Too many people think sales and marketing are the same thing. They aren’t. Often, there’s no collaboration between the two. In some organizations, there might be a sales executive who heads up marketing. In other companies, you’ll find a marketing executive who is also responsible for business development. To complicate it further, there are companies that have a sales executive and a marketing executive, who report to the CEO but never talk to each other. That’s a recipe for disaster.
So let’s analyze what’s really going on. It’s been said that the sales activity of a company is the only activity that brings in the dollars. That’s true. Salespeople (or business-development professionals as they are sometimes called) are responsible for closing deals. In other words
- they get the contracts signed,
- they get prospects to part with their money, and,
- they’re the ones who ring up the orders and take in the money.
As part of their job, they need to understand why people buy and the decisions that are made in every sale. They have to know how to present the company’s products or solutions, overcome objections, move the process along to produce a sale and then, in some cases, how to keep customers happy and loyal.
Marketing, on the other hand, brings prospects to the table. A marketing professional is responsible for doing the homework and research required to identify:
- who to sell to,
- what the profile or attributes of prospects and customers are,
- how to reach the target audiences, and,
- how to create a corporate distinction and messaging that matters.
With that knowledge, they will deliver a consistent outreach plan that supports the sales team. In other words, marketing is responsible for generating leads, and sales is responsible for closing the leads.
The Perfect Recipe: Collaboration
When it comes right down to it, both sales and marketing staff want to create the environment that leads to more customers, higher revenue, greater profit margins and a positive reputation in the marketplace. So what can they do to work together to achieve those common goals?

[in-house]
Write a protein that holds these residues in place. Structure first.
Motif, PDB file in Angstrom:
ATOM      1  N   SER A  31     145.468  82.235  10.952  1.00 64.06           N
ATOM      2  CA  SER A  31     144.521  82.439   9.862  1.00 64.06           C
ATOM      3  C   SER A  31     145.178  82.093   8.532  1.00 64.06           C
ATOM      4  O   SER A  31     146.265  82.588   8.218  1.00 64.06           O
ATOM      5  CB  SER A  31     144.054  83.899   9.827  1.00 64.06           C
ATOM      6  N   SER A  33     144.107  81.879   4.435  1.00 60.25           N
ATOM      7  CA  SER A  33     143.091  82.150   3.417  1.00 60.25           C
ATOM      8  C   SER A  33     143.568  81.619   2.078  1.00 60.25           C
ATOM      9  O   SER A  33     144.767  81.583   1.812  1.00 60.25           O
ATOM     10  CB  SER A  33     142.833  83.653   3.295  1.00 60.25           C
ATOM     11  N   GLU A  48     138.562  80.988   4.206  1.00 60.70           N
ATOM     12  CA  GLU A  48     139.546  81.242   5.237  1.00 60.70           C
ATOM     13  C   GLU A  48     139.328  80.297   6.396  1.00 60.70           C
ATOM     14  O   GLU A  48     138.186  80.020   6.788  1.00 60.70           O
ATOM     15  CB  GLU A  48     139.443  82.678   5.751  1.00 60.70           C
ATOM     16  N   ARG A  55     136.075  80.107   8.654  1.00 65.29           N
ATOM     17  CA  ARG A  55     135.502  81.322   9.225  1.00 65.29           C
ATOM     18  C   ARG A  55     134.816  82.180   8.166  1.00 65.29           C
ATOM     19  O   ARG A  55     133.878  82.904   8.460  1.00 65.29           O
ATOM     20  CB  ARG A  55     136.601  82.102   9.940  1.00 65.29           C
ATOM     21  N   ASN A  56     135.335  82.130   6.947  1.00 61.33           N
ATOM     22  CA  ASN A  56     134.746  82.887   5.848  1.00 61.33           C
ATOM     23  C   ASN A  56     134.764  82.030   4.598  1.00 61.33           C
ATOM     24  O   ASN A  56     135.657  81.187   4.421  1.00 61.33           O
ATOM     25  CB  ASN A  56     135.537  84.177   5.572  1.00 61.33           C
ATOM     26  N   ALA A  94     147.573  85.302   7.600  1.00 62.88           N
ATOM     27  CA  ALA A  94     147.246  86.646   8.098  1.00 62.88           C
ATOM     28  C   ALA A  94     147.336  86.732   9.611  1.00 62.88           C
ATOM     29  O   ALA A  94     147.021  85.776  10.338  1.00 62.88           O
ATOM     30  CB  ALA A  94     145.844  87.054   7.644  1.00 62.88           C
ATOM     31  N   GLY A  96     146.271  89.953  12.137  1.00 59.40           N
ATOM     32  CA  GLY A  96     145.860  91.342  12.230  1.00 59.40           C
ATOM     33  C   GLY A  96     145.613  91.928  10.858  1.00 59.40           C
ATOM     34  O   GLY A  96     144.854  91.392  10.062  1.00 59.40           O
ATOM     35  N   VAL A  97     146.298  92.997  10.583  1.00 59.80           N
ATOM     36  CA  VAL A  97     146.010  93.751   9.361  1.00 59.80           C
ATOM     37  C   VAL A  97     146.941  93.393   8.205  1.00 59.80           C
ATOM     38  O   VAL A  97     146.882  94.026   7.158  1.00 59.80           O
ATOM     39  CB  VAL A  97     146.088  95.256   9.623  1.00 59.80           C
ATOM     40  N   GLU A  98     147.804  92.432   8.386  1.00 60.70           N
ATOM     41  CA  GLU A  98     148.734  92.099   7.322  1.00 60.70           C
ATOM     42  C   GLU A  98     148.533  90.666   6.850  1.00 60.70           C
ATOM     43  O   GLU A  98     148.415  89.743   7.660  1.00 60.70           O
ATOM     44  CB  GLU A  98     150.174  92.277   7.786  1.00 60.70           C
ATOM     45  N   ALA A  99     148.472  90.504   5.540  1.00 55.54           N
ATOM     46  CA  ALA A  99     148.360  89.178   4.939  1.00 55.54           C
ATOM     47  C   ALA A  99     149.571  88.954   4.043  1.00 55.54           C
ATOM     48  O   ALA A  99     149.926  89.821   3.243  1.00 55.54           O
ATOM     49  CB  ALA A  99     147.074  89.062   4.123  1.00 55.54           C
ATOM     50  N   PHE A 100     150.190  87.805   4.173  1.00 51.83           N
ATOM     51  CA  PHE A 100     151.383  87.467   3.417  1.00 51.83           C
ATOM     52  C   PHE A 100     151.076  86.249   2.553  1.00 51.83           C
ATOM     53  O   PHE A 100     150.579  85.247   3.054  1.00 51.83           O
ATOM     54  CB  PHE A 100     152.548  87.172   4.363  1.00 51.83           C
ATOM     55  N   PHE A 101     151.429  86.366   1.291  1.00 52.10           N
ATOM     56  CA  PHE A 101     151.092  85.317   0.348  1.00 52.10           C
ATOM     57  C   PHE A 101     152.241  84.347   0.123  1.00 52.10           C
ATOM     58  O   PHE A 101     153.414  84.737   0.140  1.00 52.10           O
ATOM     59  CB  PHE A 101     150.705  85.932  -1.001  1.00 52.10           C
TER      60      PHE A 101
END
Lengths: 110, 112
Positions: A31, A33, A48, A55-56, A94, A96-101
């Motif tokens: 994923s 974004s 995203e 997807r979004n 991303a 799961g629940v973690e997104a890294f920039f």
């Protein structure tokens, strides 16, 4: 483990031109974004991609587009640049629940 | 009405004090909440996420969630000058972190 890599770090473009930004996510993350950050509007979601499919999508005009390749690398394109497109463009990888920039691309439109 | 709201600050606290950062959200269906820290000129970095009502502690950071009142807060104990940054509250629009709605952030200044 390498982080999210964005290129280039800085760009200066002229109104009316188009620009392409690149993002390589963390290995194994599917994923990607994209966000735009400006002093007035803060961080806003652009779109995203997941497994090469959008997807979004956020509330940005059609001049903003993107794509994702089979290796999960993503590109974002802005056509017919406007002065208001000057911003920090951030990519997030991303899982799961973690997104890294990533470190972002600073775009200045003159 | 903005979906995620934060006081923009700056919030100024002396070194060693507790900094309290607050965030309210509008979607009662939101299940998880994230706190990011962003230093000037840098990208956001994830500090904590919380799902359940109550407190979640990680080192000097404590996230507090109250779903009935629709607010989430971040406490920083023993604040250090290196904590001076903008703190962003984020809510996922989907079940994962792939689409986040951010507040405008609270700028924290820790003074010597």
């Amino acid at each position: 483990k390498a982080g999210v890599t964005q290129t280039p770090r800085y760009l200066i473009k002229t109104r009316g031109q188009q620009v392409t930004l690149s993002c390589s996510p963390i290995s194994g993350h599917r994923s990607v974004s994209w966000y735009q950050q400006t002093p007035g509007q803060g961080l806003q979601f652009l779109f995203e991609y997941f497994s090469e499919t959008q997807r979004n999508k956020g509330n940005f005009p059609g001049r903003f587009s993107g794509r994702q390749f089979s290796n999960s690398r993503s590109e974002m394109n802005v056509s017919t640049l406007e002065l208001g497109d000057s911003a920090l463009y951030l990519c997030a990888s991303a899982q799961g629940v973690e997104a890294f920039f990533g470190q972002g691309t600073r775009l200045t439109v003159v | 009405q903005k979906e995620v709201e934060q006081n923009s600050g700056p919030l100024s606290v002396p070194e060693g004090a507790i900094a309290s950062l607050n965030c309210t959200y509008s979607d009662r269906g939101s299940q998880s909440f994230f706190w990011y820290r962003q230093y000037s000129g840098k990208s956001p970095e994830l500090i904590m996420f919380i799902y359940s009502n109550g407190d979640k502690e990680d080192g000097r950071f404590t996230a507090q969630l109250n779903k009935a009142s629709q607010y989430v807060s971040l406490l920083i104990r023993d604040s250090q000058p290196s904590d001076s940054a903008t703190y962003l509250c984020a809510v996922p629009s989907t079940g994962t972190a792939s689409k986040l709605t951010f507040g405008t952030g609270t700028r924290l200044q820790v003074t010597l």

1. Collect data and share it. Analyze what’s going on in the marketplace and determine how the company can take advantage of opportunities for growth.
2. Work together to create actionable sales and marketing plans. We’re not talking about the academic plans that companies produce that end up on the shelf, never to be reviewed and modified again. The sales and marketing teams should conduct monthly reviews of progress toward goals and make any adjustments that are needed to keep everyone on target in the current business environment.
People don’t buy for logical reasons. They buy for emotional reasons.” – Zig Ziglar
3. Understand the sales and marketing processes. While some claim selling is a science and marketing is an art, that’s not necessarily true. The reality is both sales and marketing have sets of “best practices” that should be shared with one another.
4. Listen more. Create a working balance. Take advantage of each other’s skill sets through mutual collaboration.
Years ago, salespeople told customers what they wanted and why they wanted it. Today, the customer controls the flow of information and, ultimately, the sales process. As part of this evolution, marketing now holds an equal place at the table alongside the sales team when it comes to customer acquisition. In an aligned organization, sales and marketing are integrated functions that both operate at optimal levels when communication is consistent, clear and honest. This collaboration opens the door for more effective marketing initiatives, increased lead generation and a stronger bottom line.